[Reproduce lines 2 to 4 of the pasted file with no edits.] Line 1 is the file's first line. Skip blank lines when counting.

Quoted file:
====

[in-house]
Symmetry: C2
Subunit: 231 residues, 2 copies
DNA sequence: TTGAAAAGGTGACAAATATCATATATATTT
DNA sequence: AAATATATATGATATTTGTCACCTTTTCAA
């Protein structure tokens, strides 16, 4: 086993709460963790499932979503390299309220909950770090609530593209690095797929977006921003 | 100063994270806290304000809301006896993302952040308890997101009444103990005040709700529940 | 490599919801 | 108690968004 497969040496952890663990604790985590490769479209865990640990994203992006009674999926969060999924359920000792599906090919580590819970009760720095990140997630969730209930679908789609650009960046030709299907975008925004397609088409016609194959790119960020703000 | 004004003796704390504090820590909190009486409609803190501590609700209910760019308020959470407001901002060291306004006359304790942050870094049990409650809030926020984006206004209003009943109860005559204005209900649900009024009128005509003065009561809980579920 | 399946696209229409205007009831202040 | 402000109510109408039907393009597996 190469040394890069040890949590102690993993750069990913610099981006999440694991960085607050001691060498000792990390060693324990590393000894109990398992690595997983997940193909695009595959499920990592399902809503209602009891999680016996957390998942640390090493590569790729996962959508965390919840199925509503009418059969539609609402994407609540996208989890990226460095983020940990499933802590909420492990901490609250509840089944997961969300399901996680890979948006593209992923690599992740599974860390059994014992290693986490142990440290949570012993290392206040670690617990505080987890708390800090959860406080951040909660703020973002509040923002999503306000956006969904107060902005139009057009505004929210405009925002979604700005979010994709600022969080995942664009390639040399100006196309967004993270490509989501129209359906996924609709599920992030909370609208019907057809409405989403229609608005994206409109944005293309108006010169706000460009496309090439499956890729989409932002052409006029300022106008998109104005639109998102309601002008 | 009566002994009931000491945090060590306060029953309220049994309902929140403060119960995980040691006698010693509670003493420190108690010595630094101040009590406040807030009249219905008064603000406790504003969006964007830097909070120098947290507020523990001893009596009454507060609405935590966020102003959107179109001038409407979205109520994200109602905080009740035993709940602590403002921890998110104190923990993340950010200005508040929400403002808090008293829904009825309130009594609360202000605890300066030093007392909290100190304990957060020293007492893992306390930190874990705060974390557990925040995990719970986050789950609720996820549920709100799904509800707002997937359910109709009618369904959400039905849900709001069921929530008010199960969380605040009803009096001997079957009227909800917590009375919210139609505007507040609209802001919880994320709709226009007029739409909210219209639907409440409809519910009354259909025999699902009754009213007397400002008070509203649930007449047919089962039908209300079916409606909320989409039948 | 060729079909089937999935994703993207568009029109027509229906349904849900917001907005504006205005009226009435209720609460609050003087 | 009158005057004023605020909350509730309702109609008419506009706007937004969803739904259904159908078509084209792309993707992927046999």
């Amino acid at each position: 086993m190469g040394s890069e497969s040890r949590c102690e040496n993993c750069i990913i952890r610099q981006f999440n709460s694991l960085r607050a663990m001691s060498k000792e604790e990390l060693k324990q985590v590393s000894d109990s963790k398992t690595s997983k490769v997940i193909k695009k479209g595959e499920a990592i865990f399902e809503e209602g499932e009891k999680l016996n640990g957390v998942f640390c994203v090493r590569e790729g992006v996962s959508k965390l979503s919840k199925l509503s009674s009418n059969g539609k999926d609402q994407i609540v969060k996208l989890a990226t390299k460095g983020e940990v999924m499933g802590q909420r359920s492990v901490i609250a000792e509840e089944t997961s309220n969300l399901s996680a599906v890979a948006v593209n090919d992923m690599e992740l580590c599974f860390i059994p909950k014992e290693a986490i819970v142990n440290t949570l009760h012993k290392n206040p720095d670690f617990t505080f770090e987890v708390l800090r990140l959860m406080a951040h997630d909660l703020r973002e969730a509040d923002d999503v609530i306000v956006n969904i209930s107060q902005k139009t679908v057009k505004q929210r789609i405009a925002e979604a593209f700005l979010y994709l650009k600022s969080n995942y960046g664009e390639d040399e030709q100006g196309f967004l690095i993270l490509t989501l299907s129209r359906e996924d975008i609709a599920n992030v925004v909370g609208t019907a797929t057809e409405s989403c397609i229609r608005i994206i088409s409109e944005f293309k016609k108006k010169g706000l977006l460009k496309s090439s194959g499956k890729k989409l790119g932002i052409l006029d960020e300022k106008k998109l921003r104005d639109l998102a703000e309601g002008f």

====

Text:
Symmetry: C2
Subunit: 231 residues, 2 copies
DNA sequence: TTGAAAAGGTGACAAATATCATATATATTT